Most reviews of Borgman suggest the film is a home invasion story at it’s heart. Before you roll your eyes and mumble something about “home invasion” movies having run their course take a moment and reflect on You’re Next. Most horror film fans tend to agree that You’re Next, which screened at last year’s SFIFF, took the subgenre and managed to squeeze rewarding fresh life out of it. Everything I’ve read about Alex van Warmerdam’s dark horror/comedy seem to suggest it does the same. Jordon Hoffman wrote for Film.com “What works wonderfully, however, is the unease of not knowing just who, if anyone, deserves our sympathy in this story. The infiltrators are all so charismatically nonchalant (and well dressed) that it is hard not to cheer them on, but as the body-count of innocents unlucky enough to get in the way of their scheme increases, the “Funny Games” fourth-wall break isn’t even required.”

Coherence USA

Screenings:
Friday, April 25 | 9:45 p.m. | Sundance Kabuki
Tuesday, April 29 | 9:45 p.m. | Sundance Kabuki

Coherence is an indie sci-fi flick that comes to SFIFF riding on a wave of buzz created at last year’s Fantastic Fest. Reviews for this film are spoiler heavy, so I won’t be linking out for this one, but the festival guide describes it as “delightfully weird and brain-busting.” If you wanted to have a loose theme for your festival  viewing experience Coherence would act well as a bridge between Borgman and The Double.

The Double UK

Screenings:
Saturday, April 26 | 1 p.m. | Sundance Kabuki
Tuesday, April 29 | 9:15 p.m. | Sundance Kabuki

The Double, based on Fyodor Dostoyevsky’s novella of the same name, follows mundane office worker Simon James as he copes with the sudden appearance of an out-going and well-liked doppelganger of himself. Fans of  Terry Gilliam’s kingdom of schizophrenic alienation will feel right at home while taking in Richard Ayoade’s sophomore effort. While the film has been received with considerable praise where there is negative criticism it mostly relates to Ayoade’s dependence on his influences. Considering the source material this criticism seems appropriate. Dostoyevsky scholars see The Double as the important juncture where the author was still under the shadow of his influences, but also showing the signs of his personal voice.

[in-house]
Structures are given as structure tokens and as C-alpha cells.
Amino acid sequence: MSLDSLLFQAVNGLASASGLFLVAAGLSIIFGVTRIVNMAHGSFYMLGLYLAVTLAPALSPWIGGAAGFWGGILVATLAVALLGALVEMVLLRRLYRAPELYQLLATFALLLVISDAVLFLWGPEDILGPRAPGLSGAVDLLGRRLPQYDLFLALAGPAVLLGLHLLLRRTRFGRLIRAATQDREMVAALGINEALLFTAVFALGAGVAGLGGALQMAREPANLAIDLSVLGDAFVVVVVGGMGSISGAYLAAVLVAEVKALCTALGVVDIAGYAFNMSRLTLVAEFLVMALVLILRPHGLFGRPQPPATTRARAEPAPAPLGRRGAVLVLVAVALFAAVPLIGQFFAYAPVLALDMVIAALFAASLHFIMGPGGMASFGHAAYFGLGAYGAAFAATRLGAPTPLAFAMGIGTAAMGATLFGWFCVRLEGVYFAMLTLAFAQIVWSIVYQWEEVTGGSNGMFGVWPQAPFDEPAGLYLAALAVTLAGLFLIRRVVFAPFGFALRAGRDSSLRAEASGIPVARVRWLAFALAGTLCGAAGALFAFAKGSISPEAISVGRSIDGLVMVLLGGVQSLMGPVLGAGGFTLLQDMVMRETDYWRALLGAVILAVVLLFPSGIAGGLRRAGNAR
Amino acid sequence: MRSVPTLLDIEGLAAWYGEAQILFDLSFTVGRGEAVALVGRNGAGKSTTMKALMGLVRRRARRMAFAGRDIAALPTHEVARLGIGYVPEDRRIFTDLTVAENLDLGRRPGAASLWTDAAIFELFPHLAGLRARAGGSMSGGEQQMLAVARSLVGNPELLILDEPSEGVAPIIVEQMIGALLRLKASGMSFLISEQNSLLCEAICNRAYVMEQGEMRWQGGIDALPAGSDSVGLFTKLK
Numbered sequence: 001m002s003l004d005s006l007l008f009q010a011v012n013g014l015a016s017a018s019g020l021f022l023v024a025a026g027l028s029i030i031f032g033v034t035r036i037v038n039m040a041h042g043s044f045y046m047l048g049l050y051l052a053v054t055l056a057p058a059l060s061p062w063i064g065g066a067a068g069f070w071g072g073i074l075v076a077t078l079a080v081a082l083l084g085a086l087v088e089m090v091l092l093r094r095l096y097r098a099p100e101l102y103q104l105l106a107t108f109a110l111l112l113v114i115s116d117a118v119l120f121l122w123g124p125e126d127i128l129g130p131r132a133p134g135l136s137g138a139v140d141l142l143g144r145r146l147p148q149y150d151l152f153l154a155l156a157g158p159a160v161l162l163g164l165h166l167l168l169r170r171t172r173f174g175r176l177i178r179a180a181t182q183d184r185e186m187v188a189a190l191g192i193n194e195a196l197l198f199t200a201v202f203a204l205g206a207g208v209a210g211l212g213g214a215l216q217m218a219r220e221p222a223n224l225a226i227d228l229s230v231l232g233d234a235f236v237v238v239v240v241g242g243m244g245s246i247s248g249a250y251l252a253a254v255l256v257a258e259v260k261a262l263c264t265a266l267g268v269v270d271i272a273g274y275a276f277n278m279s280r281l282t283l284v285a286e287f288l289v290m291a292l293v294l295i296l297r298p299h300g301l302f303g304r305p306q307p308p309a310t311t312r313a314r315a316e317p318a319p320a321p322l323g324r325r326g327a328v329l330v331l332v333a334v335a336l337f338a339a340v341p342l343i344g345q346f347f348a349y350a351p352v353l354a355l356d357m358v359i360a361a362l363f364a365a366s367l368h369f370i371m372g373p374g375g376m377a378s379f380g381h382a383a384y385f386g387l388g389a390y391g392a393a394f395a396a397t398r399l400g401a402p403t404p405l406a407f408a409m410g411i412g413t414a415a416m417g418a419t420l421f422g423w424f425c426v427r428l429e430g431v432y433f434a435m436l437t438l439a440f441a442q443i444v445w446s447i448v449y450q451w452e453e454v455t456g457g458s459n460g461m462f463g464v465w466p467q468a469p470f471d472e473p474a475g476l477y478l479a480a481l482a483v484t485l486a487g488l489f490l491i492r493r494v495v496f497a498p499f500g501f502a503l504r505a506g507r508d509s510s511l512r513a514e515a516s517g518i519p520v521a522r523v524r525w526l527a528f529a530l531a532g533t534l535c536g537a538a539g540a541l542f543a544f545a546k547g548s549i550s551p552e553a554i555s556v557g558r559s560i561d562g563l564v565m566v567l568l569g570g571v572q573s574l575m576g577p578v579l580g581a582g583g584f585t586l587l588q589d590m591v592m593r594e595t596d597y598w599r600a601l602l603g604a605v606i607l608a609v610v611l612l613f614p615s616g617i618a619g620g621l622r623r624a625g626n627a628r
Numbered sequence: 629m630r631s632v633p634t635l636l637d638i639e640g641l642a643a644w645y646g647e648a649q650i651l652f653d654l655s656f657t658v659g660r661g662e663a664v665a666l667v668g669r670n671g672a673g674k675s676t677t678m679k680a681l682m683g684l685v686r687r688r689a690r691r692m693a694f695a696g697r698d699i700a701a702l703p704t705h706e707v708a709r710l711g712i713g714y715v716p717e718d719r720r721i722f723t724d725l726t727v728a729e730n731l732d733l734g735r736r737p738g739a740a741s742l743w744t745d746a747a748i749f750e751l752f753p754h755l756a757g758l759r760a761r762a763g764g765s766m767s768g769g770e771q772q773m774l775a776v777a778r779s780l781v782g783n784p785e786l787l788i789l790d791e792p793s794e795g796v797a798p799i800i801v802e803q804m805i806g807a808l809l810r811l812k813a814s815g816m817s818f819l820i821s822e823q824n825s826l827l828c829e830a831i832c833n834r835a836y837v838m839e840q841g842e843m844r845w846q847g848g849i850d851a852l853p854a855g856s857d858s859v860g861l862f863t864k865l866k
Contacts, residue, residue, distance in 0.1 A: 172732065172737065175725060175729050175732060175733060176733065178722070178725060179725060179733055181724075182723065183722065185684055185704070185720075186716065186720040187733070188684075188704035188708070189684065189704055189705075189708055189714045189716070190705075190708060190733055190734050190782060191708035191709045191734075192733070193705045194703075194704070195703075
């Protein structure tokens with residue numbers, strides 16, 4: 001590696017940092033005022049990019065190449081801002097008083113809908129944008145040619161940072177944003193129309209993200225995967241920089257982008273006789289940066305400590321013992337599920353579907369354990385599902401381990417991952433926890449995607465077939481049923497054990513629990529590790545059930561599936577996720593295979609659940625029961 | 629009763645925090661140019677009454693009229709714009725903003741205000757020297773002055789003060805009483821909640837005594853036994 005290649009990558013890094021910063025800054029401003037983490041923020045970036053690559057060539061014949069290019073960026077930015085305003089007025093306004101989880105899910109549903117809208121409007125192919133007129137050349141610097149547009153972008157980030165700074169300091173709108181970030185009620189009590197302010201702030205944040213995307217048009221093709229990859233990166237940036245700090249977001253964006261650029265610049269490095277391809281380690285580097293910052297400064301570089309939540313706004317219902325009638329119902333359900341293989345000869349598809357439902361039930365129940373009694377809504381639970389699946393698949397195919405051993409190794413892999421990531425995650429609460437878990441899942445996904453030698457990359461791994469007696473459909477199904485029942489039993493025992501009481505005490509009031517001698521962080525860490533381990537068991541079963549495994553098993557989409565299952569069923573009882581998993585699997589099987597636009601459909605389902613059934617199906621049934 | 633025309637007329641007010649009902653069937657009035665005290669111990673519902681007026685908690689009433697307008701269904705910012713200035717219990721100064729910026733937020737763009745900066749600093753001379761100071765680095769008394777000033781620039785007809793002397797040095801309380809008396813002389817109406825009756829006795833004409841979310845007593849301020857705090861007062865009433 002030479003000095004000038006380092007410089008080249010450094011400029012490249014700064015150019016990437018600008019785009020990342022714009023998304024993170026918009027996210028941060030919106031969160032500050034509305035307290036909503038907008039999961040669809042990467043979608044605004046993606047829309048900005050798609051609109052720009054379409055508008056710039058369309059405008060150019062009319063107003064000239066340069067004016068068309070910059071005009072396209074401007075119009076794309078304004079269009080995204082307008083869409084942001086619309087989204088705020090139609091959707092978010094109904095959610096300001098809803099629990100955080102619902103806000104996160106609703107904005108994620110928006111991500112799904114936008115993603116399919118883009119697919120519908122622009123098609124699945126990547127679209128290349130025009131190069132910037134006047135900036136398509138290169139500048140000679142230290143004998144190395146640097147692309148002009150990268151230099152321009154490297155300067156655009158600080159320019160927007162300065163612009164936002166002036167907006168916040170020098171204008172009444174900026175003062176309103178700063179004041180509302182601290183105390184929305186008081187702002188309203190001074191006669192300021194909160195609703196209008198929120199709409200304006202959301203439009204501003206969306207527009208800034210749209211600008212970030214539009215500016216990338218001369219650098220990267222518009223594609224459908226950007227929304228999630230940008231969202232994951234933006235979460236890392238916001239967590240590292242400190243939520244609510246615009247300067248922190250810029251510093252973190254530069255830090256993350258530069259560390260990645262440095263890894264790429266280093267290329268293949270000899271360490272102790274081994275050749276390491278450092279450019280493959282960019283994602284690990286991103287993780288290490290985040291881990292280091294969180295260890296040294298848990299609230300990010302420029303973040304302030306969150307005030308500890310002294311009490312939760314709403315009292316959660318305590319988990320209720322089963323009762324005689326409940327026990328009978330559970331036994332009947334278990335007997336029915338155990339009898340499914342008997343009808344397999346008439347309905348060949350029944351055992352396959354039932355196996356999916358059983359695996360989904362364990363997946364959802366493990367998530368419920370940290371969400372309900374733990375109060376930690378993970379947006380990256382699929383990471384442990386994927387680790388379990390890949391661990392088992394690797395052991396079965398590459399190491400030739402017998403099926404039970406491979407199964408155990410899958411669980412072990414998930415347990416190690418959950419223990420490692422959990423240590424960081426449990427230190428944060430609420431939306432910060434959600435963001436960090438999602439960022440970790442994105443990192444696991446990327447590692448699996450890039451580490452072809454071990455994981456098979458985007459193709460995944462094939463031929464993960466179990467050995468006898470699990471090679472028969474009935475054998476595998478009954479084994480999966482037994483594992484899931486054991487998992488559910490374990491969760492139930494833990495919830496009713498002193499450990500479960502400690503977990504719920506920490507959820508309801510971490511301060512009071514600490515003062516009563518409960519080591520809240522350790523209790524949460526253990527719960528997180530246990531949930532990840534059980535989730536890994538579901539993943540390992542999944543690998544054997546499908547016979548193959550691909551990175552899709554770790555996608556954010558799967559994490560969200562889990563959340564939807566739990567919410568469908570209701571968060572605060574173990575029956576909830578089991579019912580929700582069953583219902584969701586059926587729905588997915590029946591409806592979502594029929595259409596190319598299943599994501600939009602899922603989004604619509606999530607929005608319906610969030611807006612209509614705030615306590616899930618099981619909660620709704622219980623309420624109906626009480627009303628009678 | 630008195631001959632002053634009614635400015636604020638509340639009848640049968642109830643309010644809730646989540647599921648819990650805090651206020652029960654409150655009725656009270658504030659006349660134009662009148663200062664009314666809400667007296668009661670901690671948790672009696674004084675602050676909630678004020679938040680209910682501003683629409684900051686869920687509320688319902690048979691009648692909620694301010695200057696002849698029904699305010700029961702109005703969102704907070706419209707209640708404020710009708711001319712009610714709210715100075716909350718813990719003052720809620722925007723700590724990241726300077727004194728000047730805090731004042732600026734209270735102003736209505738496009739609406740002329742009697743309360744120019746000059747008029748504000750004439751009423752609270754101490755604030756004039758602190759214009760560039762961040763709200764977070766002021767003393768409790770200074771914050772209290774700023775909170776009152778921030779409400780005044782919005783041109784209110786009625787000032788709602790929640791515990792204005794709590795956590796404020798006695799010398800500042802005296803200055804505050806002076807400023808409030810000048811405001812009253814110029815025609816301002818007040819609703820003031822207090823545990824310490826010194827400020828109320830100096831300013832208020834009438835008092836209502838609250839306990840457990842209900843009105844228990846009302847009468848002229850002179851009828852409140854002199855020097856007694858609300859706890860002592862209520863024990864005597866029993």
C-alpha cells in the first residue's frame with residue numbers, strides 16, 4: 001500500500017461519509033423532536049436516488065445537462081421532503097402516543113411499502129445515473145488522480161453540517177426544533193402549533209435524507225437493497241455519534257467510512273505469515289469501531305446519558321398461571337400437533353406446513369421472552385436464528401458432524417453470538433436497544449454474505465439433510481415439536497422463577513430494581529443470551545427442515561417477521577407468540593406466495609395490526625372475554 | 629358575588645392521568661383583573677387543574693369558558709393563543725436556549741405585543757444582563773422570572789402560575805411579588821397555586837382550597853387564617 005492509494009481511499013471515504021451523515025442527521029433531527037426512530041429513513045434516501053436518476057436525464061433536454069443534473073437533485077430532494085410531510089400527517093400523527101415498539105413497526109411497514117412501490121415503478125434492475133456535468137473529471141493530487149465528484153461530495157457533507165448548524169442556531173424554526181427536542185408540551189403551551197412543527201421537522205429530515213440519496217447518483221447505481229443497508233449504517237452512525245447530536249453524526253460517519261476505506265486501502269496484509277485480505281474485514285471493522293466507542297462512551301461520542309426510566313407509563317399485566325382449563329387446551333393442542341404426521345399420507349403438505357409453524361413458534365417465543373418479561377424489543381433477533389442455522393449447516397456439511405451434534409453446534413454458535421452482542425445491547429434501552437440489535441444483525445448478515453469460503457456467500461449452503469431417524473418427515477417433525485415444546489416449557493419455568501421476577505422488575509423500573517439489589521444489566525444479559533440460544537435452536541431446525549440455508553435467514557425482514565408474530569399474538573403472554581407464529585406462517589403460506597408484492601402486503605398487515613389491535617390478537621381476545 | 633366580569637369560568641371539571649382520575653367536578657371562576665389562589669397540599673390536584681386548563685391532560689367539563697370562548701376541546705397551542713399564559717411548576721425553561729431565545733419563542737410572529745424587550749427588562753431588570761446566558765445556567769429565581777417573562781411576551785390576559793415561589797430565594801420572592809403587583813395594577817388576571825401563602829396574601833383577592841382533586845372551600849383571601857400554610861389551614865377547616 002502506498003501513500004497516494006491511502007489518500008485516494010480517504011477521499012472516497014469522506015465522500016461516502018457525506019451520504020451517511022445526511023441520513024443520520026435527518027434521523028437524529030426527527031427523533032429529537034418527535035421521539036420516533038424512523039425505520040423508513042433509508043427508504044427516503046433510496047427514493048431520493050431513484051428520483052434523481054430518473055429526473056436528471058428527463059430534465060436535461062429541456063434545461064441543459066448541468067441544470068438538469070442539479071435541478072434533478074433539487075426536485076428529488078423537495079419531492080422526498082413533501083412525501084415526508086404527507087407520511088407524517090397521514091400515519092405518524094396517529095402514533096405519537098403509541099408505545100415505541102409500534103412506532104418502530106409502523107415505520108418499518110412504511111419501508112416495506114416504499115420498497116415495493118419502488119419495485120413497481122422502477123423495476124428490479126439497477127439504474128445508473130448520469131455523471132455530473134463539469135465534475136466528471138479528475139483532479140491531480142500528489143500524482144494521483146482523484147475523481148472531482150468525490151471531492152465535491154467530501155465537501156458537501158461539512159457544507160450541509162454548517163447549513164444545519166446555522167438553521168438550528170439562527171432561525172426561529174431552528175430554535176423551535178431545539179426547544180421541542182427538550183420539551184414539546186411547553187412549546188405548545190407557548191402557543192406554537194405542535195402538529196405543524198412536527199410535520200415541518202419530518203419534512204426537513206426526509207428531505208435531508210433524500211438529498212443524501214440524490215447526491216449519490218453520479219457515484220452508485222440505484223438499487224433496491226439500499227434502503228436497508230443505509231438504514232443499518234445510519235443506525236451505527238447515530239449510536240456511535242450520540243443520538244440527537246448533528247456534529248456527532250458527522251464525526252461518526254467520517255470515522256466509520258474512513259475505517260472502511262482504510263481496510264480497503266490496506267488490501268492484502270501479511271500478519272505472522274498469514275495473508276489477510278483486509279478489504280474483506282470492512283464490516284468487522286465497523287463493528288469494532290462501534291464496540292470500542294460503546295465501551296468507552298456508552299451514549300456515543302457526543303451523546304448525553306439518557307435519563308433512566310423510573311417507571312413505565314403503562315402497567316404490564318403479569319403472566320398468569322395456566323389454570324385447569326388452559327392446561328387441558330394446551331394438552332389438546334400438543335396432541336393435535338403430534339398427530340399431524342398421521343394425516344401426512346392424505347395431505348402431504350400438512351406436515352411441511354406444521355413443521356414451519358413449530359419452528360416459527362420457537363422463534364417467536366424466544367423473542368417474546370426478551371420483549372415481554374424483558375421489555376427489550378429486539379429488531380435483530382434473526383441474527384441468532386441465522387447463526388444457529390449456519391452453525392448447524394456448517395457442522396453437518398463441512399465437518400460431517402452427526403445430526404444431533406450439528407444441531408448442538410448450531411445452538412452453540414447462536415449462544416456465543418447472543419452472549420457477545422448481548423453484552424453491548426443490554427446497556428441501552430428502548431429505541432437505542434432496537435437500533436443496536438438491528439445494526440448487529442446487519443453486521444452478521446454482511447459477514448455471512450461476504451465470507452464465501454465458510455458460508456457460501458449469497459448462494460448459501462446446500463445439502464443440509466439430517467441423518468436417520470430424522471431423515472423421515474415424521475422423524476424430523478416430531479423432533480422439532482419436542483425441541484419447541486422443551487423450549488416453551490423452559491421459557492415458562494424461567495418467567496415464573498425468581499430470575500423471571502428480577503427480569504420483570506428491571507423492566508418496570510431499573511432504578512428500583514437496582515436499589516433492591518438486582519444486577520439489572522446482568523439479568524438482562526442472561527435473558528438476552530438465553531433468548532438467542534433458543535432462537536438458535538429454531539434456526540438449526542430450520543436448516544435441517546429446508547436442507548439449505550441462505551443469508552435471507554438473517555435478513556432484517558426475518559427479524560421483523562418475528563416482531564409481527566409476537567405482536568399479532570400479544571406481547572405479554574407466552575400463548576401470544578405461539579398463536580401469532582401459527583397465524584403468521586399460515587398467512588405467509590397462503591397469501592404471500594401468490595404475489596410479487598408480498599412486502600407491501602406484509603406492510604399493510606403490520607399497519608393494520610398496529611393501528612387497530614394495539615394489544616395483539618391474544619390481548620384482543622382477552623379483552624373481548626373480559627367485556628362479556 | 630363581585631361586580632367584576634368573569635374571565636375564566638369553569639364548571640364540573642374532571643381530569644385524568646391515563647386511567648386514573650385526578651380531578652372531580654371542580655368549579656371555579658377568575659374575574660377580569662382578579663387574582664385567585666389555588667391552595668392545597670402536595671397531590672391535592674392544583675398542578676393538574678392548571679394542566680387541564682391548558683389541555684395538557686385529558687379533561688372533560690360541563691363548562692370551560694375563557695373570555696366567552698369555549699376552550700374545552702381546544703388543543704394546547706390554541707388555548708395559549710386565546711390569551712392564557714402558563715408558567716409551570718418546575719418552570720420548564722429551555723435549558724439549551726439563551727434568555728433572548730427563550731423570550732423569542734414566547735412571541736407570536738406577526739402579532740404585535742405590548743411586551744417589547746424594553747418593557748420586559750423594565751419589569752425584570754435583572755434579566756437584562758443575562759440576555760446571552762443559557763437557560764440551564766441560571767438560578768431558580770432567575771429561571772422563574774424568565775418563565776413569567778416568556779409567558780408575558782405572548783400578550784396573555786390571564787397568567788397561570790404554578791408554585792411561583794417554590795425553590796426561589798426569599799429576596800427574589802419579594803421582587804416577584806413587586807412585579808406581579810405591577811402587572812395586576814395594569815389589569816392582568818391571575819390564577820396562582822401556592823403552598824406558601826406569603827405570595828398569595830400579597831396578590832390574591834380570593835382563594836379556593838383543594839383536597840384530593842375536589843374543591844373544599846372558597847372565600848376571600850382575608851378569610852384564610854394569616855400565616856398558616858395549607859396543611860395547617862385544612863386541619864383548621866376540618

History of Fear Germany/France

Screenings:
Wednesday, April 30 | 7 p.m. | Sundance Kabuki
Friday, May 2 | 9 p.m. | New People Cinema
Wednesday, May 7 | 8:45 p.m. | BAM/PFA

History of Fear provides a different sense of paranoia and anxiety than The Double. While The Double offers an object of paranoia for the audience History of Fear goes the opposite direction. The audience is only granted vague suggestions of what’s creating the air of anxiety in a Buenos Aires suburb. It’s the sort of storytelling that isn’t well-suited for mass consumption, but, as The Hollywood Reporter‘s Boyd van Hoeij writes, “is the kind of feature that requires an active investment from its audience, making this more suited to festivals.”

The Sacrament USA

Screenings:
Saturday, April 26 | 11:45 p.m. |Sundance Kabuki
Monday, April 28 | 9 p.m. | Sundance Kabuki

I won’t lie, You’re Next was one of my favorite films of 2013, so it brings me some pleasure to reference it twice in this post. Fun trivia: In You’re Next the character Tariq, who takes a cross bolt to the head during dinner, was played by The Sacrament director Ti West. This year West brings to the festival a horror film that takes many of its queues from the Jamestown Massacre…maybe?  Using the “found footage” technique the film follows  ambitious Vice reporters as they travels to the Eden Parish commune where all isn’t as it seems…or is it?  I don’t know the answers to these questions…or do I?

* disclosure: this author is a seasonal employee of the San Francisco Film Society